Author(s): Isaac Babel
Throughout his life Isaac Babel was torn by opposing forces, by the desire both to remain faithful to his Jewish roots and yet to be free of them. This duality of vision infuses his work with a powerful energy from the earliest tales including 'Old Shloyme' and 'Childhood', which affirm his Russian-Jewish childhood, to the relatively non-Jewish world of his collection of stories entitled 'Red Cavalry'. Babel's masterpiece, 'Red Cavalry' is the most dramatic expression of his dualism and in his simultaneous acceptance and rejection of his heritage heralds the great American-Jewish writers from Henry Roth to Saul Bellow and Philip Roth.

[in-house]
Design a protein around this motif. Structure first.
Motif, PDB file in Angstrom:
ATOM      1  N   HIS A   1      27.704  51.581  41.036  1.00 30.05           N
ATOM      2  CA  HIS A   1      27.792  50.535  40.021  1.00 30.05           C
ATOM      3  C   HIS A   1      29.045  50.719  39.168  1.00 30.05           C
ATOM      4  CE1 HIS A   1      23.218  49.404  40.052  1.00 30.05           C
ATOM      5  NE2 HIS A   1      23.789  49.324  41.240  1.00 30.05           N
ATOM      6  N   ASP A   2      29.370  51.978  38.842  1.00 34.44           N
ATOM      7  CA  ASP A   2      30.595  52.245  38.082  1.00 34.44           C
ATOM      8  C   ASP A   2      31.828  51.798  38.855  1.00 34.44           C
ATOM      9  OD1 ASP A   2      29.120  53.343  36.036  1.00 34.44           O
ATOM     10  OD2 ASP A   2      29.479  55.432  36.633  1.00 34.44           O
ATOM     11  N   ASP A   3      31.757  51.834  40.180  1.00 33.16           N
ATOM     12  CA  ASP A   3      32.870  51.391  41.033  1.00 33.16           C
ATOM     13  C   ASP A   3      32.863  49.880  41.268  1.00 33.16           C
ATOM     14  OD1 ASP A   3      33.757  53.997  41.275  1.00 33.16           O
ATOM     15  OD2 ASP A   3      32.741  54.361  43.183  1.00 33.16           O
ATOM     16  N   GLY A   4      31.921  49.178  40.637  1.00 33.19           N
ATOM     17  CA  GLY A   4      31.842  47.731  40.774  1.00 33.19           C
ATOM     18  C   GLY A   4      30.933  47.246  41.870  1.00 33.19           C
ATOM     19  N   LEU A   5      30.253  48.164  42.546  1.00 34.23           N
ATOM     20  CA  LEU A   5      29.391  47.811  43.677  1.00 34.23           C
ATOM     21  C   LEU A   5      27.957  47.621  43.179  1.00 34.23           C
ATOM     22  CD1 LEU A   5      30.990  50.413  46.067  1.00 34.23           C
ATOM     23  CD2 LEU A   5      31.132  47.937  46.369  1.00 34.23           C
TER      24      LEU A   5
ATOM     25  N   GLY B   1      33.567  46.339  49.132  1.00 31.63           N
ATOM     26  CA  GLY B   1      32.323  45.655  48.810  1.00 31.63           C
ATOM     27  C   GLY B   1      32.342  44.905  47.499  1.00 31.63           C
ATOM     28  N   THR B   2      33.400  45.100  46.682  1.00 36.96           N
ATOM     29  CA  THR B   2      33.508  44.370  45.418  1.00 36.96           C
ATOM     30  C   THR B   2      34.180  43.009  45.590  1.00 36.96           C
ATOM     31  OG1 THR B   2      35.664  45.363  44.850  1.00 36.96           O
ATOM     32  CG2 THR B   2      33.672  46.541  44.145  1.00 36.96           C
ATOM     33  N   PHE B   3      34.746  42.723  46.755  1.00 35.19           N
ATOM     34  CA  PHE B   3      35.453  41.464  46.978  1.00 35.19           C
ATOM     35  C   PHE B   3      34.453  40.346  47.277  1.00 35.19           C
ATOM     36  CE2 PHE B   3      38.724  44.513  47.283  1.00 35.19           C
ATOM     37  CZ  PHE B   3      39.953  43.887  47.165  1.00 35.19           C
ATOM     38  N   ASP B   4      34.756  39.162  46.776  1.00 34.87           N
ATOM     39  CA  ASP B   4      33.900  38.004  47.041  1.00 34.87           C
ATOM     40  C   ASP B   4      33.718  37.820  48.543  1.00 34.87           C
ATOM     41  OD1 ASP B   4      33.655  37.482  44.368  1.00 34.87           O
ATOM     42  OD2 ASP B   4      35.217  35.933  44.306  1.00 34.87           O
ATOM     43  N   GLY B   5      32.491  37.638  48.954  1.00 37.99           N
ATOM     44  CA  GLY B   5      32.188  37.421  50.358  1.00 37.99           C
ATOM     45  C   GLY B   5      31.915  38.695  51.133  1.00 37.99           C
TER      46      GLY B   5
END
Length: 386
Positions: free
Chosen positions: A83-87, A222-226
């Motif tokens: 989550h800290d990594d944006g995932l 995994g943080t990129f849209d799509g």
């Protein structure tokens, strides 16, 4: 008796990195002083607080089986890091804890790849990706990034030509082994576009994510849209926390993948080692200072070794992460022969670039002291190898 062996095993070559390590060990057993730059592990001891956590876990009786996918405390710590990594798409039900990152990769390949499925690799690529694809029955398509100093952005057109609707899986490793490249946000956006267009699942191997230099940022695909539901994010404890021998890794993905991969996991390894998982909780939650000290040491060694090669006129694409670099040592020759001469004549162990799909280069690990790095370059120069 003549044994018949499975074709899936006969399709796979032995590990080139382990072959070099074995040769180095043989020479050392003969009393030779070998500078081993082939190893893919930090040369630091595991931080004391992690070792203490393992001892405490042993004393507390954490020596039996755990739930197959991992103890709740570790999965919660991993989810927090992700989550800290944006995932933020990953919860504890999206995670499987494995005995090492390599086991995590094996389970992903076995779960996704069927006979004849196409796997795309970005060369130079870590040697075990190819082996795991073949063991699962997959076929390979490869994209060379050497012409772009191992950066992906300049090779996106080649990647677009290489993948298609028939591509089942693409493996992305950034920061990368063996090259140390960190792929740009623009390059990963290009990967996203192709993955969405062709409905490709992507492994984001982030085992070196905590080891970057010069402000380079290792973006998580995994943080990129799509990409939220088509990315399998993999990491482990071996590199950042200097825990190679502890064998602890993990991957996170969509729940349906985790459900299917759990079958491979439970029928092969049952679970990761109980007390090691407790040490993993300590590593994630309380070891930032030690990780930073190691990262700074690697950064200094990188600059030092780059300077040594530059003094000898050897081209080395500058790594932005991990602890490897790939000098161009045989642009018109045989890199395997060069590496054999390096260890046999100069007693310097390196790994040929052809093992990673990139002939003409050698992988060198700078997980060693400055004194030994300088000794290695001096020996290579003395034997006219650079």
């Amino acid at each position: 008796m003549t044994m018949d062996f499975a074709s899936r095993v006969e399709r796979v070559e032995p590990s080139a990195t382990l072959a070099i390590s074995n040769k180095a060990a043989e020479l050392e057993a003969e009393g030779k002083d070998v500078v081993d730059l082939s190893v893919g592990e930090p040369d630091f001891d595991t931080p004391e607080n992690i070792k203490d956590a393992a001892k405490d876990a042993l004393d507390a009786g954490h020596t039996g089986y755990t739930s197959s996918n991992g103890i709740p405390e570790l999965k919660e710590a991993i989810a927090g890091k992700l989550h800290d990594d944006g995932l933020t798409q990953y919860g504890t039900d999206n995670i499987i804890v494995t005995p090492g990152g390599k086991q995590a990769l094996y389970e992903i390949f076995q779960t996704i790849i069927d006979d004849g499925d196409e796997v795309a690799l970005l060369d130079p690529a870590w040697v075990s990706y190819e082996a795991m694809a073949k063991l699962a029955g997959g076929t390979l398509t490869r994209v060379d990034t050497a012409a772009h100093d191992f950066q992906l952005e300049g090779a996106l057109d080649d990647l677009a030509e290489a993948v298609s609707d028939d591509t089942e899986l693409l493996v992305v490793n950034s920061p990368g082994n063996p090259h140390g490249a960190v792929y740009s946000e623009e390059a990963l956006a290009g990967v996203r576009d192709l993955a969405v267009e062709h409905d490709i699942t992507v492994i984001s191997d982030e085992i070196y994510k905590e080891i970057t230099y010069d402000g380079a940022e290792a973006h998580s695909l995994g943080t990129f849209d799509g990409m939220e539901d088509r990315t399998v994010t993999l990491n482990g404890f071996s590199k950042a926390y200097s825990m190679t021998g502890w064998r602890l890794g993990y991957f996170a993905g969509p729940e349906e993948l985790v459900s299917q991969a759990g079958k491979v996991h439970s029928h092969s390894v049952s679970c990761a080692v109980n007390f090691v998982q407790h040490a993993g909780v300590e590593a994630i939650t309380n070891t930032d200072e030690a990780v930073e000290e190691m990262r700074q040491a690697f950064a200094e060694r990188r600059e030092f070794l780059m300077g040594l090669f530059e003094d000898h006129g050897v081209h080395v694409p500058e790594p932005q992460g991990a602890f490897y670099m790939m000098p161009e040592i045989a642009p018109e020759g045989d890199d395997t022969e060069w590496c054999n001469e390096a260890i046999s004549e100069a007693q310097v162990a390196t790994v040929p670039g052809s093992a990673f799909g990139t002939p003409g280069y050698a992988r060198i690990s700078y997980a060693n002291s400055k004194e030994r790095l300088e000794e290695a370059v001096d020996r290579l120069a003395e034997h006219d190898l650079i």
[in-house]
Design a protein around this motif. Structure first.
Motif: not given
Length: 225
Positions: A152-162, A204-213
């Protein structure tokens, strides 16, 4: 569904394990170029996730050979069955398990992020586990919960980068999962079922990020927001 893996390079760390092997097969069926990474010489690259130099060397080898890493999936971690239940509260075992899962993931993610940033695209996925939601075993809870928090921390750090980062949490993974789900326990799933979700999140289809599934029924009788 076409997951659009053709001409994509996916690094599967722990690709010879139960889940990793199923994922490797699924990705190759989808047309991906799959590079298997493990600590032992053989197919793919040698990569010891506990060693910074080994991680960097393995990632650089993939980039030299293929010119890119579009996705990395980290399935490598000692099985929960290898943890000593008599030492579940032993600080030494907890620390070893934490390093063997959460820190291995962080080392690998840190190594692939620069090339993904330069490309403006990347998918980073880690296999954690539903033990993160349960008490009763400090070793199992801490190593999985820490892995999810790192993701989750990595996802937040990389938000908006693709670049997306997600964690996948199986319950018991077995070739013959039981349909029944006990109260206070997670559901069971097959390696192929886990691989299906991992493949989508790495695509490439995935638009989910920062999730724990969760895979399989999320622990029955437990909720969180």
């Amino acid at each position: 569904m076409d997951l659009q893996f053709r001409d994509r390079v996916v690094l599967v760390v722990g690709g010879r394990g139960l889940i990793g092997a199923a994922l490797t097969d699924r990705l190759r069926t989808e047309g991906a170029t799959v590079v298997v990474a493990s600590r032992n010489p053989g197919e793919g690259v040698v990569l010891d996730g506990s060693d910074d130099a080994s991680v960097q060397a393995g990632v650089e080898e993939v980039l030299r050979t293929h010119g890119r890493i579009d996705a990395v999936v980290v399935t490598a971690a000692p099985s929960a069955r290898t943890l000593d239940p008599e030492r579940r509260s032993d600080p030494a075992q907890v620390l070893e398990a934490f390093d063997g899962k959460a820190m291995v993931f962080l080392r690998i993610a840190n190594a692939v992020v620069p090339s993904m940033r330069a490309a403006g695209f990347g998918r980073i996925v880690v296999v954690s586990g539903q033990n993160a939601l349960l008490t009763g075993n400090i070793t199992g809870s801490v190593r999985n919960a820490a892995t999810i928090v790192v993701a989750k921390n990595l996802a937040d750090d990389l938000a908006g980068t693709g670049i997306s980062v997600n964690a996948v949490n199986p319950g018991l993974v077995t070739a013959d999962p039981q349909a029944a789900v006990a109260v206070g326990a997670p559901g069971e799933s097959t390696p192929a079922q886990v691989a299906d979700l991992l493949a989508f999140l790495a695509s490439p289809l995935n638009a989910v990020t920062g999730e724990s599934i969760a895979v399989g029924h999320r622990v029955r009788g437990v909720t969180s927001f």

Isaak Babel (1894-1941). Short story writer and playwright who was a correspondent with the Red Army forces of Semyon Budyonny during the Russian civil war. Babel's fame is based on his stories of the Jews in Odessa and his novel Red Cavalry (1926). He was the first major Russian Jewish writer to write in Russian. DAVID MCDUFF was born in 1945 and was educated at the University of Edinburgh. His publications comprise a large number of translations of foreign prose and verse, including contemporary Scandinavian work. His first book of verse, Words in Nature, appeared in 1972. He has translated a number of nineteenth-century Russian prose works for the Penguin Classics series. These include Dostoyevsky's The Brothers Karamazov, Crime and Punishment, The Idiot (2004),The House of the Dead, Poor Folk and Other Stories, Tolstoy's The Kreutzer Sonata and Other Stories and The Sebastopol Sketches, and Nikolai Leskov's Lady Macbeth of Mtsensk. He has also translated Andrei Bely's novel Petersburg for Penguin.